A colleague recently asked me, “What’s the big deal about our new muni bond index fund/ETF?” It’s a fair question (it is an index fund, after all), and the answer has a lot to do with the $3.7 trillion municipal bond market and its accessibility to investors. But before I get to that point, let’s review why we launched this fund/ETF.
For a long time, advisors have asked Vanguard for a municipal bond index product that could serve as the core portfolio for the fixed income exposure of their high-net-worth clients with taxable accounts. Why? While Vanguard has a reputable actively managed municipal bond lineup,¹ many advisors are unable to access our lineup on their platforms. Furthermore, many of you seek an index approach or prefer to use ETFs or both. Indexing bonds, particularly municipal bonds, is challenging, and our Fixed Income Group wanted to be sure it could offer a high-quality fund before launching this product.
Vanguard’s 40-person active municipal bond team, in concert with our Risk Management Group, uses proprietary technology to analyze numerous risk factors for municipal bonds, which, in turn, influences the strategies employed in our actively managed funds. This team is now using the same rigorous risk management process to help minimize the Tax-Exempt Bond Index Fund and ETF’s differences versus the benchmark. Not something a dart-throwing monkey could handle.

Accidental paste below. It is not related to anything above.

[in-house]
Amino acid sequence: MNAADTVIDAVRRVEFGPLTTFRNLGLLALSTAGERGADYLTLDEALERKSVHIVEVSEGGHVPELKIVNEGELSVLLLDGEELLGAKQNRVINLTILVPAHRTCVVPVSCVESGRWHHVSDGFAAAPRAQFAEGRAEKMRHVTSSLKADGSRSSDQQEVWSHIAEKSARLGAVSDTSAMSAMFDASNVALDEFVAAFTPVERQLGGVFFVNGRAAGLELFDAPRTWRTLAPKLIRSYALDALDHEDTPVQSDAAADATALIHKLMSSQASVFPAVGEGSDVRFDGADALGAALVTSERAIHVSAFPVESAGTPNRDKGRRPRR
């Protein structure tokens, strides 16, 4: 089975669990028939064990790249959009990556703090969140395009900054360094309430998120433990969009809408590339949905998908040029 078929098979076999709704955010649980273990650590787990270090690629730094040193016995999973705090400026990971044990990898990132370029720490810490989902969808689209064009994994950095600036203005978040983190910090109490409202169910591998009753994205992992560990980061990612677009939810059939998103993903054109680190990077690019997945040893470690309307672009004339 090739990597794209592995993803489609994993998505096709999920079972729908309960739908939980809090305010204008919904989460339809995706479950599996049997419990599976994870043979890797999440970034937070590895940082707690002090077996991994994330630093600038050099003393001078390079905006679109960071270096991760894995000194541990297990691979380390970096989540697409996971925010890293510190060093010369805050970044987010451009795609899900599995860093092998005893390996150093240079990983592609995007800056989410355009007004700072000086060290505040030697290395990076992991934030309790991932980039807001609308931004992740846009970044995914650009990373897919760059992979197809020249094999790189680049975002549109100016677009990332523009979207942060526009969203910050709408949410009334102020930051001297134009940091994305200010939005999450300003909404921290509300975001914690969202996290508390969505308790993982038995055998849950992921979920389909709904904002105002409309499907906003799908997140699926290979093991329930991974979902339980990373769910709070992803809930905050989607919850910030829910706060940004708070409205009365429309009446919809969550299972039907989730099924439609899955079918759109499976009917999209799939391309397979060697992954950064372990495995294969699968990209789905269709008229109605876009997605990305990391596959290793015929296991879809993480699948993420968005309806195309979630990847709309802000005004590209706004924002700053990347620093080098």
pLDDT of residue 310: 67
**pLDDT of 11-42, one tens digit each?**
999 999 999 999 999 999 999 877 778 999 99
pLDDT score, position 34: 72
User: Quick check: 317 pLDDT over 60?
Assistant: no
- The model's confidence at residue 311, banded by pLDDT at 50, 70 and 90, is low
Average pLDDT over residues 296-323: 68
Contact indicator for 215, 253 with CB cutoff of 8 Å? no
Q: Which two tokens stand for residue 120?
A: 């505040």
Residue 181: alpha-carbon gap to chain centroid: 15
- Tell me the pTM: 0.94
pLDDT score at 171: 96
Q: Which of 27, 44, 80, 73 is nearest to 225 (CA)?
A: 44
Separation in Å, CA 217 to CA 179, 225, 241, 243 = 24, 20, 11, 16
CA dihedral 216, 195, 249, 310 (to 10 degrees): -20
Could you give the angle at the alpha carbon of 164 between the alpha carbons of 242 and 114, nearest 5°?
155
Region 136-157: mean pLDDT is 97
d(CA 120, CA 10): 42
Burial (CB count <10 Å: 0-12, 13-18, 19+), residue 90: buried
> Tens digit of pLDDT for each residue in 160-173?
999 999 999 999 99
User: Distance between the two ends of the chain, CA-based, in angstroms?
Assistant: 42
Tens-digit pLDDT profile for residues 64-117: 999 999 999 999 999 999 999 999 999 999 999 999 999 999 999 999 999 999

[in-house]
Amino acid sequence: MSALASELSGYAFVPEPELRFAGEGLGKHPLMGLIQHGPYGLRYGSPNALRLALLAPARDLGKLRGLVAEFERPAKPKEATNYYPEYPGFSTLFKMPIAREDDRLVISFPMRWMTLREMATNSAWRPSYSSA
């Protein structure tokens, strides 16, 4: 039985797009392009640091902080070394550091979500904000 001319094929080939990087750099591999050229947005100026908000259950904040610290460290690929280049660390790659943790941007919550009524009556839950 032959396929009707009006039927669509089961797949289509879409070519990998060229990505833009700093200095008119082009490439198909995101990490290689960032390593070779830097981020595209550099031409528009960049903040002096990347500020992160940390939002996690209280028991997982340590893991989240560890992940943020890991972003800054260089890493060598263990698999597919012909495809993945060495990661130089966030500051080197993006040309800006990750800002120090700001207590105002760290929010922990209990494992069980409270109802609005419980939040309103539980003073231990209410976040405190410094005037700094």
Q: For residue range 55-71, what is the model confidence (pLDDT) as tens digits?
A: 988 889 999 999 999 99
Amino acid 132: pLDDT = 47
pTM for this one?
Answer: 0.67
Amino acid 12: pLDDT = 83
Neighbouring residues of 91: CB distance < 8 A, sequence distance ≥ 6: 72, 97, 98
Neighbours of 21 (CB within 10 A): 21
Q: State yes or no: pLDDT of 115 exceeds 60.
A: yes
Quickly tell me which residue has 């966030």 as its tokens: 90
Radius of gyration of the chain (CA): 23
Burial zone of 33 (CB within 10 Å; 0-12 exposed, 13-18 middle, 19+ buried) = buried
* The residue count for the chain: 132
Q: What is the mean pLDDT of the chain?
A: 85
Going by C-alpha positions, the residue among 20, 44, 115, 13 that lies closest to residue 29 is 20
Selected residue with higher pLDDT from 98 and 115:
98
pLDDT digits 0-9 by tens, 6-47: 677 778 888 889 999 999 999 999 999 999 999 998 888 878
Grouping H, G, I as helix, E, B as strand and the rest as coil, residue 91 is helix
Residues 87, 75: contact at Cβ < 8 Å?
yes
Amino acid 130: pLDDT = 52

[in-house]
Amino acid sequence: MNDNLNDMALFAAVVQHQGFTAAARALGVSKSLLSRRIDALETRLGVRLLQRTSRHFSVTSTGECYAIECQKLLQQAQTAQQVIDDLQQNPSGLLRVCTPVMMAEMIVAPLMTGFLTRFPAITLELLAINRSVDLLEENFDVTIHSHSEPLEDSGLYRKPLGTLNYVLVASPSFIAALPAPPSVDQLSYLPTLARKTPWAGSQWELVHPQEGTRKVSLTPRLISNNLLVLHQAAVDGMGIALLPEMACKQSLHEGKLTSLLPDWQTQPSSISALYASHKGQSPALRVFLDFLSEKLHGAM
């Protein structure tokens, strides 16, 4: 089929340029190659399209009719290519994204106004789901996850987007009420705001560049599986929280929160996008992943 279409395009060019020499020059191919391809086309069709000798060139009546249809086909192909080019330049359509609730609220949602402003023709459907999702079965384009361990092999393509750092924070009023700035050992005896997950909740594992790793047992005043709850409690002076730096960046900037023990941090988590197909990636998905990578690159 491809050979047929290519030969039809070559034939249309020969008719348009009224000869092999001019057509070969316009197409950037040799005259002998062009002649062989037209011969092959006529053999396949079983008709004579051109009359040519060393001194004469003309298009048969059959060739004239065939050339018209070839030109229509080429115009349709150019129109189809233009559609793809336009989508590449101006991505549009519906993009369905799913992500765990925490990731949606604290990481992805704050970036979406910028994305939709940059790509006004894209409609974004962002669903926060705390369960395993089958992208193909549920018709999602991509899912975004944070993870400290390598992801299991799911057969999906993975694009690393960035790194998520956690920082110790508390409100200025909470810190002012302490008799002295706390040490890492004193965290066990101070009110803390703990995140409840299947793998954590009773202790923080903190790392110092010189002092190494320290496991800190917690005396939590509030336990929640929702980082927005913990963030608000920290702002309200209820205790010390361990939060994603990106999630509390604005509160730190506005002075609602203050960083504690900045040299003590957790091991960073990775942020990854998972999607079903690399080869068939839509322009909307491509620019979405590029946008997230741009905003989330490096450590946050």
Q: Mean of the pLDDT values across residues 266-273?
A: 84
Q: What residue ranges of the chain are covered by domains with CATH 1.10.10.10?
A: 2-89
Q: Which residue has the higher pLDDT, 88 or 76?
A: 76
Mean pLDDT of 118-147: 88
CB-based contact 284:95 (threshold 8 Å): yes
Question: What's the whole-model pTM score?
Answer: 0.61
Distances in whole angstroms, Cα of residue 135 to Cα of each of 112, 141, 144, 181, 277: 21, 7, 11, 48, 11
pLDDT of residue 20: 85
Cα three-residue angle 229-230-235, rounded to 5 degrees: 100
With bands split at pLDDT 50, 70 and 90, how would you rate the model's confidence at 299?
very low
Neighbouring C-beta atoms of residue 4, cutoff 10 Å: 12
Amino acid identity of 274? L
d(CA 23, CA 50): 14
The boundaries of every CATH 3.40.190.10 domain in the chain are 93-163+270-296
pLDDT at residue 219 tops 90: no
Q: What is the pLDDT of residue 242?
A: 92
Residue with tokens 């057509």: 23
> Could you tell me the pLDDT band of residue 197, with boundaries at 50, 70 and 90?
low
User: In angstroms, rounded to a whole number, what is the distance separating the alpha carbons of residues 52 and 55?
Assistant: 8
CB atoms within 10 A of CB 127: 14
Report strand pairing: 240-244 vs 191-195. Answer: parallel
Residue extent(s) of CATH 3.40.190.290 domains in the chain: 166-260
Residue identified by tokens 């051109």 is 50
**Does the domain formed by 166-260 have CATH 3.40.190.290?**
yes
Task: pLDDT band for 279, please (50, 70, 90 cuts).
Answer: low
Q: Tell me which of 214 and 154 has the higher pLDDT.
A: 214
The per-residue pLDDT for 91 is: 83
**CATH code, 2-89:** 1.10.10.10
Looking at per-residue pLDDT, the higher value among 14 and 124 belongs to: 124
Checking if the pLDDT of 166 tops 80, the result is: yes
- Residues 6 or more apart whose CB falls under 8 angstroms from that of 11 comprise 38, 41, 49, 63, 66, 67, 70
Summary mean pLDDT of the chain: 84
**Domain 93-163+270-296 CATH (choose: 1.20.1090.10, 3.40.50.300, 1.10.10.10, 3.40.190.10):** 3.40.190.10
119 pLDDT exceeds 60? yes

But back to the main point of my story. The Tax-Exempt Bond Index Fund/ETF brings an index option to an area of the market that historically has been led by higher-cost, less diversified strategies such as separately managed accounts (SMAs) and individual bond portfolios. The customization of SMAs has its place with clients, but at what cost? Investors, especially those who directly hold $1.5 trillion in muni bonds continue to pay too much for tax-exempt income.²
The U.S. muni market has a market capitalization of $3.7 trillion, according the Federal Reserve as of March 2015. More than $1.5 trillion of that figure is directly held by households. An additional $500 billion is held at banks and invested in separate accounts. Only about 25% of the total is invested in pooled funds.